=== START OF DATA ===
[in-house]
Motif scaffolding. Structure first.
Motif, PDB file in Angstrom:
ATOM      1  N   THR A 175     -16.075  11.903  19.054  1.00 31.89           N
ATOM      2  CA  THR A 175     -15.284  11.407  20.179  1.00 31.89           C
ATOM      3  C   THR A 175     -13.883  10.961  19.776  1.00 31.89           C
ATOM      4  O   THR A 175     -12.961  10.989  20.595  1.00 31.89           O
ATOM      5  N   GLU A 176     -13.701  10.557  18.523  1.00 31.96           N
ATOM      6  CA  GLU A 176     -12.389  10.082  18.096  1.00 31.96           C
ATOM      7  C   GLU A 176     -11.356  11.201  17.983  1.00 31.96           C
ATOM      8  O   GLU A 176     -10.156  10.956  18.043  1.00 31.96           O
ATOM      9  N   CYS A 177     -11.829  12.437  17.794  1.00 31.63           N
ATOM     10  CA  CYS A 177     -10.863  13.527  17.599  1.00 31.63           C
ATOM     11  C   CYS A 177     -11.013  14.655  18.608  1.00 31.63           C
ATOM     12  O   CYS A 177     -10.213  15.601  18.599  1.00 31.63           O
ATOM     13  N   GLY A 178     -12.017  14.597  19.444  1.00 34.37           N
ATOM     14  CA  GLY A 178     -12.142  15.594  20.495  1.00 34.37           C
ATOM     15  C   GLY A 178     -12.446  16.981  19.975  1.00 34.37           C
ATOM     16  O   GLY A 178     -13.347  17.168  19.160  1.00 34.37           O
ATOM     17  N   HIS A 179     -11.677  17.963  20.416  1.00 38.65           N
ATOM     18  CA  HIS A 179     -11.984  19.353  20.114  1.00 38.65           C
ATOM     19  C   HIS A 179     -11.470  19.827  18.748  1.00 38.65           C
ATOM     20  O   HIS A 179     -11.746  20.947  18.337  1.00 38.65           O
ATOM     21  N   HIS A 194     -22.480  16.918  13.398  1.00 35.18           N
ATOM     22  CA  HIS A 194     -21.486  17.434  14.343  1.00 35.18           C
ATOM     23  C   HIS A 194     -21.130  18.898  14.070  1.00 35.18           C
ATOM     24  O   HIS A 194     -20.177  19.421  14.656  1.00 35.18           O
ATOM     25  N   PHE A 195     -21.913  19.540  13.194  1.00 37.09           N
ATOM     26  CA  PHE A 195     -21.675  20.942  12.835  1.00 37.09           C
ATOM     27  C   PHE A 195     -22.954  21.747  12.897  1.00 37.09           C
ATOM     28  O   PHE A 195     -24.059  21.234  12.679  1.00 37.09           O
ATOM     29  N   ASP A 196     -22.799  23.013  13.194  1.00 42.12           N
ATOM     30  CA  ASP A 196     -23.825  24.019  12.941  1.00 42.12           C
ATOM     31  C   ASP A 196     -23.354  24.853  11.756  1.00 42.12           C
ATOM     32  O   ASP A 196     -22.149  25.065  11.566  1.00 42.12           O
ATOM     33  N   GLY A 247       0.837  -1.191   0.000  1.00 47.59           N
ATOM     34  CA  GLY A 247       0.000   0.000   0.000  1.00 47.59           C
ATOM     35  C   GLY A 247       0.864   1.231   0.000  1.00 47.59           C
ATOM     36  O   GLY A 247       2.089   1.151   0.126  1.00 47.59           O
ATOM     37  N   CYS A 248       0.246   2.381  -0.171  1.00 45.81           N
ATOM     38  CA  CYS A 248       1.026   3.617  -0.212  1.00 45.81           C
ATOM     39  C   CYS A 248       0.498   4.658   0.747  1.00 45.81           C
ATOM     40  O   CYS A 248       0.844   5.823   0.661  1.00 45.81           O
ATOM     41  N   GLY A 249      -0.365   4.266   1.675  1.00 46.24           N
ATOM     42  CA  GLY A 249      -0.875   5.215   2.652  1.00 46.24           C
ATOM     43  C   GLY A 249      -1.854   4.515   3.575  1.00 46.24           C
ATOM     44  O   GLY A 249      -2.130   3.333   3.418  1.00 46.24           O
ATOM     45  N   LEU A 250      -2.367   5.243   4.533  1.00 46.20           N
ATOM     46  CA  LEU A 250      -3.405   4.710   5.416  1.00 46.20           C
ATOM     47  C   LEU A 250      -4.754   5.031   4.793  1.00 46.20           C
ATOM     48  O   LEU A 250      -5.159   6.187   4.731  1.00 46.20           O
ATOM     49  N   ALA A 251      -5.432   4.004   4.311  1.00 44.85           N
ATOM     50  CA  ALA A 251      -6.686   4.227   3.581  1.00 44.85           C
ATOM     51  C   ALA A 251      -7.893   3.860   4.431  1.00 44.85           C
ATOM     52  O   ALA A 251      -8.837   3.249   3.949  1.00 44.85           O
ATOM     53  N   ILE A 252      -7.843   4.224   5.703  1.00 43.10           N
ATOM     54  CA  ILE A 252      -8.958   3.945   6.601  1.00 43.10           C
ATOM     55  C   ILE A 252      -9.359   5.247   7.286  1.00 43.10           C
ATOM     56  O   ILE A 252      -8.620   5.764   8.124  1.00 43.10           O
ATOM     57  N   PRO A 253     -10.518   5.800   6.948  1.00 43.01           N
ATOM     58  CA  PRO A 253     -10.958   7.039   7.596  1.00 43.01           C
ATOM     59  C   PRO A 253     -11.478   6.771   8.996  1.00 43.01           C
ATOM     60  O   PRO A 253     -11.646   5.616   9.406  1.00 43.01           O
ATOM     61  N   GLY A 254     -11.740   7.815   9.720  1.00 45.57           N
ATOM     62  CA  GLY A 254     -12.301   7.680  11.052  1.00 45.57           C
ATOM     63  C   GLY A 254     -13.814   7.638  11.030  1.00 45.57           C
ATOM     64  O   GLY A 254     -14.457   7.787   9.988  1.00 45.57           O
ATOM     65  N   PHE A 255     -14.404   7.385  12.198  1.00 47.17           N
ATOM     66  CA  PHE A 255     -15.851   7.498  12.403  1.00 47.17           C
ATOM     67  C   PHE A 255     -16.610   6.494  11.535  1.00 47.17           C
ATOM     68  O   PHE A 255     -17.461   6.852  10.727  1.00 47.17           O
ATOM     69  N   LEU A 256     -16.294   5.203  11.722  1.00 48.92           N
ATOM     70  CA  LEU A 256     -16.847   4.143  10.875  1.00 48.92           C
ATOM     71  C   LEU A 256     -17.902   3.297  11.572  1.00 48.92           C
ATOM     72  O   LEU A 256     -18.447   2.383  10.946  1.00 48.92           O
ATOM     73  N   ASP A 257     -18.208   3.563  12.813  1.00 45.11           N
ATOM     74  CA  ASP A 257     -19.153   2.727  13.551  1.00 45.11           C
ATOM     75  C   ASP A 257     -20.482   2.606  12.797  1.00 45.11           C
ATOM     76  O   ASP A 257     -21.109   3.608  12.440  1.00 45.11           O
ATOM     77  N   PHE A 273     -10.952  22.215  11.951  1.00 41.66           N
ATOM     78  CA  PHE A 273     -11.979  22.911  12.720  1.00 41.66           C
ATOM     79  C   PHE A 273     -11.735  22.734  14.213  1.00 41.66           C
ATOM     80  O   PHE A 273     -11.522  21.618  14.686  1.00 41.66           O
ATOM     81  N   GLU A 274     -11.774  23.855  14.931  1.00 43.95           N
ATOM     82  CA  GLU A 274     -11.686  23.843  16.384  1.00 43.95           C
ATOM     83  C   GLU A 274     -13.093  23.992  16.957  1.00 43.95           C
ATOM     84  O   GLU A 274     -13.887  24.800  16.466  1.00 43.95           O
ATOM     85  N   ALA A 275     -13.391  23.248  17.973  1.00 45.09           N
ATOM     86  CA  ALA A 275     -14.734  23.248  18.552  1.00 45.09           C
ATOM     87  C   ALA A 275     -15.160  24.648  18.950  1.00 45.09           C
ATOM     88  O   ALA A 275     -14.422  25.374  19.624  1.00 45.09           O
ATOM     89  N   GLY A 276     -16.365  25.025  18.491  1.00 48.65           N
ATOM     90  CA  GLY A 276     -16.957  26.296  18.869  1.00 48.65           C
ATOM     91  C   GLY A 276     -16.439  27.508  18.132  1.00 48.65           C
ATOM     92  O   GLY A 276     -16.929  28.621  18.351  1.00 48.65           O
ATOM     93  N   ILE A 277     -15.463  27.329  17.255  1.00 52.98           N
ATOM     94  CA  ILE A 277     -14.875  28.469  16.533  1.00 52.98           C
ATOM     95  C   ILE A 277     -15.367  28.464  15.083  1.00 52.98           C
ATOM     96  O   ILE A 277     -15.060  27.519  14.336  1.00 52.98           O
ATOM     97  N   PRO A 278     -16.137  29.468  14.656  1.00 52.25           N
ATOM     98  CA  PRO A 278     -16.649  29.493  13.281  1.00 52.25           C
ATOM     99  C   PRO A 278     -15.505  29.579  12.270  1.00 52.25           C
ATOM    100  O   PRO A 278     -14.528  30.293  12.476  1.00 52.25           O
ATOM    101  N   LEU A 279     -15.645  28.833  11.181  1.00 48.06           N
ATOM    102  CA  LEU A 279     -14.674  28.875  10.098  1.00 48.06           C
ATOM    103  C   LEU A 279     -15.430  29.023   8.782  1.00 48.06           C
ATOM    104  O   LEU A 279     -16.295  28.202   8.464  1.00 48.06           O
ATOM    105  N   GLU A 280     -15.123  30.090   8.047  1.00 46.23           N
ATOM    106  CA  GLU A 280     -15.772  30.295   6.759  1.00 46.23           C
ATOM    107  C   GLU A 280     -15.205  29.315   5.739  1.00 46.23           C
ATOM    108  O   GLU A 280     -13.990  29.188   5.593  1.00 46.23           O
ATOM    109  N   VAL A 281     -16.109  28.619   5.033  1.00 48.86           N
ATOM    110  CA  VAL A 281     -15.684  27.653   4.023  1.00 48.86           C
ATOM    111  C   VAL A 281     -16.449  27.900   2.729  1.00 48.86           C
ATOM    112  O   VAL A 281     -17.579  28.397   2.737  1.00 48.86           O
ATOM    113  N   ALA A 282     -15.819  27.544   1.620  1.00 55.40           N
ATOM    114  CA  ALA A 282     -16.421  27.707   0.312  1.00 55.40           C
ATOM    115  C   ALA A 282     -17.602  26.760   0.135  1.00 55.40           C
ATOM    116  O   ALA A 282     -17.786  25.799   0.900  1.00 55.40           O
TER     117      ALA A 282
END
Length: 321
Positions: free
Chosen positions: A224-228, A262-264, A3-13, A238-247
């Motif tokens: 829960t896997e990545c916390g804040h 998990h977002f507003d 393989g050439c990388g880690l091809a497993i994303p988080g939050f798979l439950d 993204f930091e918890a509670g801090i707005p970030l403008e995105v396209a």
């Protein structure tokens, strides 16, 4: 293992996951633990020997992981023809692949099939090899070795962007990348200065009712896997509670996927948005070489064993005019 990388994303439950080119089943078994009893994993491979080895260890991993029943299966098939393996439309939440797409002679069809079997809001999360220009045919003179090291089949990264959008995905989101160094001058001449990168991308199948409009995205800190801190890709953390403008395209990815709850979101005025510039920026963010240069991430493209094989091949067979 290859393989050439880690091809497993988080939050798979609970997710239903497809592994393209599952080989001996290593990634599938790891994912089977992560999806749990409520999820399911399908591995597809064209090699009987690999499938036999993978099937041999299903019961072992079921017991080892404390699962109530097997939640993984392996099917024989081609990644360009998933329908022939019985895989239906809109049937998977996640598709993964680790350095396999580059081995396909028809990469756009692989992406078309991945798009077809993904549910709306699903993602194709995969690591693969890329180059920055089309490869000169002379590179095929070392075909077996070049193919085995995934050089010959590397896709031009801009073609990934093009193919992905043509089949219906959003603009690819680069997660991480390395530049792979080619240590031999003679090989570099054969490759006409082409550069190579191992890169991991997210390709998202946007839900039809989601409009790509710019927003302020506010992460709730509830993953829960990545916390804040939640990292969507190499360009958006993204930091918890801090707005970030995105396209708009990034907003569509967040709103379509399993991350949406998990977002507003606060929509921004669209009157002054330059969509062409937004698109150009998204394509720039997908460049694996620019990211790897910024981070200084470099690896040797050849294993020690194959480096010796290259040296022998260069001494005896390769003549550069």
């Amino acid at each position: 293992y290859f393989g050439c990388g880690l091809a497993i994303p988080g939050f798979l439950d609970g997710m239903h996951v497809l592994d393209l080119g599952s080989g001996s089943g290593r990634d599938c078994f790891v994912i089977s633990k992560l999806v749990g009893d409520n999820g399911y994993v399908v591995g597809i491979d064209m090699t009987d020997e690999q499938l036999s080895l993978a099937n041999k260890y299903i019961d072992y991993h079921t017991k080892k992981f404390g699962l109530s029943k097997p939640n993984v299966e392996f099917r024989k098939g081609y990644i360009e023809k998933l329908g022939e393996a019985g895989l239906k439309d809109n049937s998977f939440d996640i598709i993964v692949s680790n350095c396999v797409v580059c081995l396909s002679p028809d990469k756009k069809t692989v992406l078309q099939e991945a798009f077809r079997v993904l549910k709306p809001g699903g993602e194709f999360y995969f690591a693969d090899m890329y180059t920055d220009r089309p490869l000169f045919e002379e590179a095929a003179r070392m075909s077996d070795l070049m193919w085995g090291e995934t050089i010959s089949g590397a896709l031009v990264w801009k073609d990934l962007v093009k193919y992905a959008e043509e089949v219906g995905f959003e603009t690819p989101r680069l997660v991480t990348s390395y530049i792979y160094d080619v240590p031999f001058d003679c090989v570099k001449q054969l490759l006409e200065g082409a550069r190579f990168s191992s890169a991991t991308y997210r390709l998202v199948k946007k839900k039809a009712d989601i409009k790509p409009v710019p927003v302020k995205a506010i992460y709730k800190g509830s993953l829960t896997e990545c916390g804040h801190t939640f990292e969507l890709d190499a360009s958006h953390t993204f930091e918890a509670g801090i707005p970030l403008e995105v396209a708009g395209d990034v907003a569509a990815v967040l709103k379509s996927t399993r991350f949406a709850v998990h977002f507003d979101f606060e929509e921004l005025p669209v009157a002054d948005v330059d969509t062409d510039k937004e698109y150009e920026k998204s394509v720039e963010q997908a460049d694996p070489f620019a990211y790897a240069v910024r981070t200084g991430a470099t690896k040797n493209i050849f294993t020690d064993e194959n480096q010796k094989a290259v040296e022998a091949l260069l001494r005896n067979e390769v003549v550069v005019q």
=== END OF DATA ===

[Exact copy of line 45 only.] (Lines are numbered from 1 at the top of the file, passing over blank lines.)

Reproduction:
ATOM     42  CA  GLY A 249      -0.875   5.215   2.652  1.00 46.24           C